Sunday, June 29, 2008

"You've Been Left Behind" and I'm at a Loss for Words

Well not really...I'm rarely at a loss for words, but I came pretty close.

A nifty little website,, is now making it possible to communicate from the grave. In a nutshell, the site was set for Christians to communicate to their loved ones who didn't make the final cut after they have been caught up in the rapture. This home page of the site states:

You've Been Left Behind gives you one last opportunity to reach your lost family and friends For Christ. Imagine being in the presence of the Lord and hearing all of heaven rejoice over the salvation of your loved ones. It is our prayer that this site makes it happen.
A subscriber to the site can edit and save up to 256MB of documents for up to 62 different email addresses. If the subscriber is at a loss for composing a loving message that says, "Sorry I was raptured into heaven and you are stuck in the middle of a tribulation, but I'd really love to see you here someday," the site even offers free document templates. Messages are programmed to be sent out 6 days after the rapture.

You might be wondering, "How will a computer know that the rapture has happened?" To answer your question, the site states:
We have set up a system to send documents by the email, to the addresses you provide, 6 days after the "Rapture" of the Church. This occurs when 3 of our 5 team members scattered around the U.S fail to log in over a 3 day period. Another 3 days are given to fail safe any false triggering of the system.
For forty bucks, this super tract is a steal! But, as you might have supposed, I have a few problems with
  • My views on the rapture relegates this site to a waste of $40
  • In deciding who is a recipient of a left behind email the sender is certifiably adjudicating that the recipient is not living a life worthy of rapture salvation (and we all know that is just intolerable in this post modern society!)
  • The send must place faith in the spiritual standing of team trigger members
  • If, having been left behind, I received a post rapture email I would be a bit ticked with the sender for not caring enough about me to send the email before the rapture and great tribulation, because, if they spent the time subscribing they most certainly saw this coming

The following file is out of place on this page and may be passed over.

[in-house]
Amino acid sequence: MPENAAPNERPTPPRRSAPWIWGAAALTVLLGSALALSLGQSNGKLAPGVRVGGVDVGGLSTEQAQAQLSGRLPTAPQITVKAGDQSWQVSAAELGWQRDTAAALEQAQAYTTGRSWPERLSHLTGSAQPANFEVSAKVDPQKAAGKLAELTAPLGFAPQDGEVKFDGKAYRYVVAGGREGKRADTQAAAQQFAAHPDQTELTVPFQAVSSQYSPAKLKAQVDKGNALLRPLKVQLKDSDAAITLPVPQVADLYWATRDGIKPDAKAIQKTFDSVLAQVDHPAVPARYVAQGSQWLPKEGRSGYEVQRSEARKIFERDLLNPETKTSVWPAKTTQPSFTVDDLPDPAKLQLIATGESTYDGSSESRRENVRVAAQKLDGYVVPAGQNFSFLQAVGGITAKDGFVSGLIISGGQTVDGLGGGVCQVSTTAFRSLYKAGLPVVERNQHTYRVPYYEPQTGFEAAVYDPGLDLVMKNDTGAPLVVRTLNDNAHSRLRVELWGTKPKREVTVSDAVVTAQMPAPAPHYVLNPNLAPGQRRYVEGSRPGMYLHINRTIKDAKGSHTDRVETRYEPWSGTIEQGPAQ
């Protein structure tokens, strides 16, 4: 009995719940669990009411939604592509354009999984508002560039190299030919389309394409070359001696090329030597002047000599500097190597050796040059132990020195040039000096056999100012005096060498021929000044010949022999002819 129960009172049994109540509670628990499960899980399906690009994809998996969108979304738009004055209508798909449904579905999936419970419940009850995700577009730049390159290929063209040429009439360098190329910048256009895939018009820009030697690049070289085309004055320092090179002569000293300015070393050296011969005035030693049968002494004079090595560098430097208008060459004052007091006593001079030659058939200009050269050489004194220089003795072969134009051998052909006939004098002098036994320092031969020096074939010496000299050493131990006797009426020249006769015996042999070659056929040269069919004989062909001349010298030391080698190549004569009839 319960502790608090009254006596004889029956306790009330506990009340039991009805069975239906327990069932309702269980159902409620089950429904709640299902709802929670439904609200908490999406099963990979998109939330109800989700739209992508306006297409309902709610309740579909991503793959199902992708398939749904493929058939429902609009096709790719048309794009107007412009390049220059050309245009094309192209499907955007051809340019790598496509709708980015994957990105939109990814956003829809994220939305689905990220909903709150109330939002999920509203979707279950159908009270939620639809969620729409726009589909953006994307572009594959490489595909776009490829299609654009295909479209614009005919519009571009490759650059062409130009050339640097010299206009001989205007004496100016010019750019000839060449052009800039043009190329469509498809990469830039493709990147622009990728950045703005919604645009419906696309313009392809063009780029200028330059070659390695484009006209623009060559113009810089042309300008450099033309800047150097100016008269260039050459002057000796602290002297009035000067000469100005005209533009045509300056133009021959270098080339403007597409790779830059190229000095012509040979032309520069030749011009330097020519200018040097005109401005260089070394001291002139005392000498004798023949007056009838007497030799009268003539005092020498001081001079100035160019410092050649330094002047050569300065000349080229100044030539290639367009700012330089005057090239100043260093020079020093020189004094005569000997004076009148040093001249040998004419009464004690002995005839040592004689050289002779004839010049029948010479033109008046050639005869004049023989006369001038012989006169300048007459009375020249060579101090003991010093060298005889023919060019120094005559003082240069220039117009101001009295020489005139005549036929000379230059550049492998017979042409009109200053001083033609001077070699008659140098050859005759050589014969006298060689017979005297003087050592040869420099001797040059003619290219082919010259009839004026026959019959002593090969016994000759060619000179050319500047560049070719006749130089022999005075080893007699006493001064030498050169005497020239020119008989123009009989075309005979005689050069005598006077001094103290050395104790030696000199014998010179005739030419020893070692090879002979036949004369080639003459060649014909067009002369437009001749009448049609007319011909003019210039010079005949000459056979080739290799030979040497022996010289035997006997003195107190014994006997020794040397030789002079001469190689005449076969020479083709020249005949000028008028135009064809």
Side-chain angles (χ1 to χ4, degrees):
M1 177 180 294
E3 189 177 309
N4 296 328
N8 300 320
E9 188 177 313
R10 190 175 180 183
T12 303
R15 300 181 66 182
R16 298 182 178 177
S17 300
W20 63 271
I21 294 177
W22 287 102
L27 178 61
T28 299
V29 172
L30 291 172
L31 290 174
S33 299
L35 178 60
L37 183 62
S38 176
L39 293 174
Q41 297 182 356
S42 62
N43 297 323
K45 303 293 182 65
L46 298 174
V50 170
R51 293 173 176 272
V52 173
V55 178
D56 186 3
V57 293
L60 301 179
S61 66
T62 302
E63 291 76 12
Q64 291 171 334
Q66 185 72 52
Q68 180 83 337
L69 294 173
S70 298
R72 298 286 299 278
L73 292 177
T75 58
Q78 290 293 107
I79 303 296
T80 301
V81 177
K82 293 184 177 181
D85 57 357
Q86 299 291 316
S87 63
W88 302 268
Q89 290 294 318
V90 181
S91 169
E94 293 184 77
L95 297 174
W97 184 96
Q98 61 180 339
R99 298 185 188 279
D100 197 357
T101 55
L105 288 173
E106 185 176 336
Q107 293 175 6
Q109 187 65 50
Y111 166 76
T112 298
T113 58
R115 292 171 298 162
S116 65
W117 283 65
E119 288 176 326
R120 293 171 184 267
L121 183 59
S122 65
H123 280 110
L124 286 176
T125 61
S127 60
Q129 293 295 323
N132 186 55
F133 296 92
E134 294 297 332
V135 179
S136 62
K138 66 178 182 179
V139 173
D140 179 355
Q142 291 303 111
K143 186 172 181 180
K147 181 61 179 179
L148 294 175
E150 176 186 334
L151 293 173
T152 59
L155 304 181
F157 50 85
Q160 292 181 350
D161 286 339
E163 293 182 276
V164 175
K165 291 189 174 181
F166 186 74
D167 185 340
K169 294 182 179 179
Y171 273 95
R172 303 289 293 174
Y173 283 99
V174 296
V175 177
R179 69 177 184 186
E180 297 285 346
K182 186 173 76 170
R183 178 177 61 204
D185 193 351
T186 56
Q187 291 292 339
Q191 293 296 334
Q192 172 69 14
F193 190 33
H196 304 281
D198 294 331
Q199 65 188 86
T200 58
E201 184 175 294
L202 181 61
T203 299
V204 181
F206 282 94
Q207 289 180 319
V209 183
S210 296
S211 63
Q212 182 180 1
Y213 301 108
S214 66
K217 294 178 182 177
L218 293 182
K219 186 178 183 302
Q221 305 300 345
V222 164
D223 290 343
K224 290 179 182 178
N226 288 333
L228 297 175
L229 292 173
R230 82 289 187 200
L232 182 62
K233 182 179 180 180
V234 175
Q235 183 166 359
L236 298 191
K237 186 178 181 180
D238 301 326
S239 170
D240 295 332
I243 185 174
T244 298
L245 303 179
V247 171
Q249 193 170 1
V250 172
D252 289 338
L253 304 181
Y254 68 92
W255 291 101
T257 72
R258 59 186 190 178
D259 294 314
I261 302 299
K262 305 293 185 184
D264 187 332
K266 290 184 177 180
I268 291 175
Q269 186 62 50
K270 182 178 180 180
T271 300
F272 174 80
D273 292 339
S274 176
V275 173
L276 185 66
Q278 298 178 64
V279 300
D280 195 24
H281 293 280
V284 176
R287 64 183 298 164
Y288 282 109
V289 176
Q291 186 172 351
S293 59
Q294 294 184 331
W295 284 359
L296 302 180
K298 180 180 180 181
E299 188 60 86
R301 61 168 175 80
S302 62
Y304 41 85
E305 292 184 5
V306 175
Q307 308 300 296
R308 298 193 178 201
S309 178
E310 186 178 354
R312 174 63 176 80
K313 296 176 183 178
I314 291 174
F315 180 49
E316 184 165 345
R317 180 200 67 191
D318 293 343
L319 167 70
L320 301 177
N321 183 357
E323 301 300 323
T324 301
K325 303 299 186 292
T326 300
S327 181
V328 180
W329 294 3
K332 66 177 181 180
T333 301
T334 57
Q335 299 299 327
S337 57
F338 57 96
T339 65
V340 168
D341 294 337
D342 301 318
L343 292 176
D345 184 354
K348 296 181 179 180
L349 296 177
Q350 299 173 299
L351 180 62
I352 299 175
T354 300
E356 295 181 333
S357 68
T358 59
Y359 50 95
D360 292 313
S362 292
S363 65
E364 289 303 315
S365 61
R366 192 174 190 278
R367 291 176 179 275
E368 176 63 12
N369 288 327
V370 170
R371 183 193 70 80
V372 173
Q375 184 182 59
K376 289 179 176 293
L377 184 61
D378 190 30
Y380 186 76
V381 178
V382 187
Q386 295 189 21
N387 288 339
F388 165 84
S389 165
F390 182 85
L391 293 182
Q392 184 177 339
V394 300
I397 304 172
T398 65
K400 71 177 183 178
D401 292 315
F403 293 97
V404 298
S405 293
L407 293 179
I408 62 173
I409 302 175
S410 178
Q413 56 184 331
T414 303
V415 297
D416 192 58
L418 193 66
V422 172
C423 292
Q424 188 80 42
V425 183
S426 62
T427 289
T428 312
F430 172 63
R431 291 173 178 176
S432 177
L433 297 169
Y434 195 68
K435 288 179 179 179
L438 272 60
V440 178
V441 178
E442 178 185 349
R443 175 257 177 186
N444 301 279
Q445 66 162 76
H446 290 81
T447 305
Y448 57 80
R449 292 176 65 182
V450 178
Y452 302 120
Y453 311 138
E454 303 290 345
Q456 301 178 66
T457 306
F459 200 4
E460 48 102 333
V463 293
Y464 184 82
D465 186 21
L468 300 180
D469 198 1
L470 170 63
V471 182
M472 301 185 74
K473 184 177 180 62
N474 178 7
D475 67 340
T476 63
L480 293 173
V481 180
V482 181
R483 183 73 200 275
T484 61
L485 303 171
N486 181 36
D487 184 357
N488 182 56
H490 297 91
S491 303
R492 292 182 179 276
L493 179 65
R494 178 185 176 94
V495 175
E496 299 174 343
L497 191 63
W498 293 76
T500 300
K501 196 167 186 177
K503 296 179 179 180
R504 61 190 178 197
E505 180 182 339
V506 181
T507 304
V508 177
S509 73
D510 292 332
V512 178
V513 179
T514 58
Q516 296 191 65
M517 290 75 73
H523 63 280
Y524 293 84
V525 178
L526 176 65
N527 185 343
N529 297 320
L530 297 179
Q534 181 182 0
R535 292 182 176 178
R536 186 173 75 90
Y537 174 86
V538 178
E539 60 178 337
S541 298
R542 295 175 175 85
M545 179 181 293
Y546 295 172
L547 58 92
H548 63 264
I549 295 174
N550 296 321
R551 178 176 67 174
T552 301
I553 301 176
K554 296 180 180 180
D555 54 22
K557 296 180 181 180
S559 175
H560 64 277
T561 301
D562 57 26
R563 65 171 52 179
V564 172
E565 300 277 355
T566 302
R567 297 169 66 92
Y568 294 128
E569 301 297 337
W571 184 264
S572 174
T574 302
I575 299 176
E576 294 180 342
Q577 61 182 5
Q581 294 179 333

What do you think? Anyone rushing off to get a subscription? Good idea? Bad idea?

*Image taken from

Wednesday, June 25, 2008

Uh, Oh...Here We Go Again (Dobson, Evangelicals, and Party Alliances)

I grimaced a bit as the headline popped up in my news feed: "Evangelist Accuses Obama of 'distorting' Bible." Across the blogosphere liberal secularists and theists alike were instantly all over Dr. James Dobson, head of focus on the family, citing this as another example of Right Wing Christianity.

Ironically, minutes before reading the article I had listened to radio broadcast in which Dobson expressed dismay for the Republican party, in that after Evangelicals threw their support behind the party, the party turned their backs on evangelical values. Dobson himself seemed to admit that Evangelicals had jumped in bed with Right Wing Conservatism.

In no way do my words here serve as a rebuke to Dobson. In fact, Focus on the Family passed an in depth IRS investigation after being accused of endorsing Republican candidates not too long ago. All I am saying is humans, politicians, and parties are quite fallible, as Dobson learned, and should not be thought of as the sole means to accomplishing an end, whether that end be spiritual, social, ethical, etc. Voting on issues, many of which may be intrinsically connected with the a moral principle, is quite acceptable. But voting strictly based on party is silly since parties are far from static and change over time (sometimes extremely small increments of time; i.e. the Bush administration).

While I would love to digress at this point and discuss, as I see it, blunders made by both Dobson and Obama, I would be straying from the purpose of this post, which is to serve as warning.

Young evangelicals, a group I personally find myself identifying with less and less (both the 'young' and the 'evangelical') are much more flexible when it comes to party lines, say statisticians such as the Barna Group. I don't need charts and figures to tell me this. Many friends who I sat next to at seminary have quickly covered up the Bush stickers on their bumpers with Obama.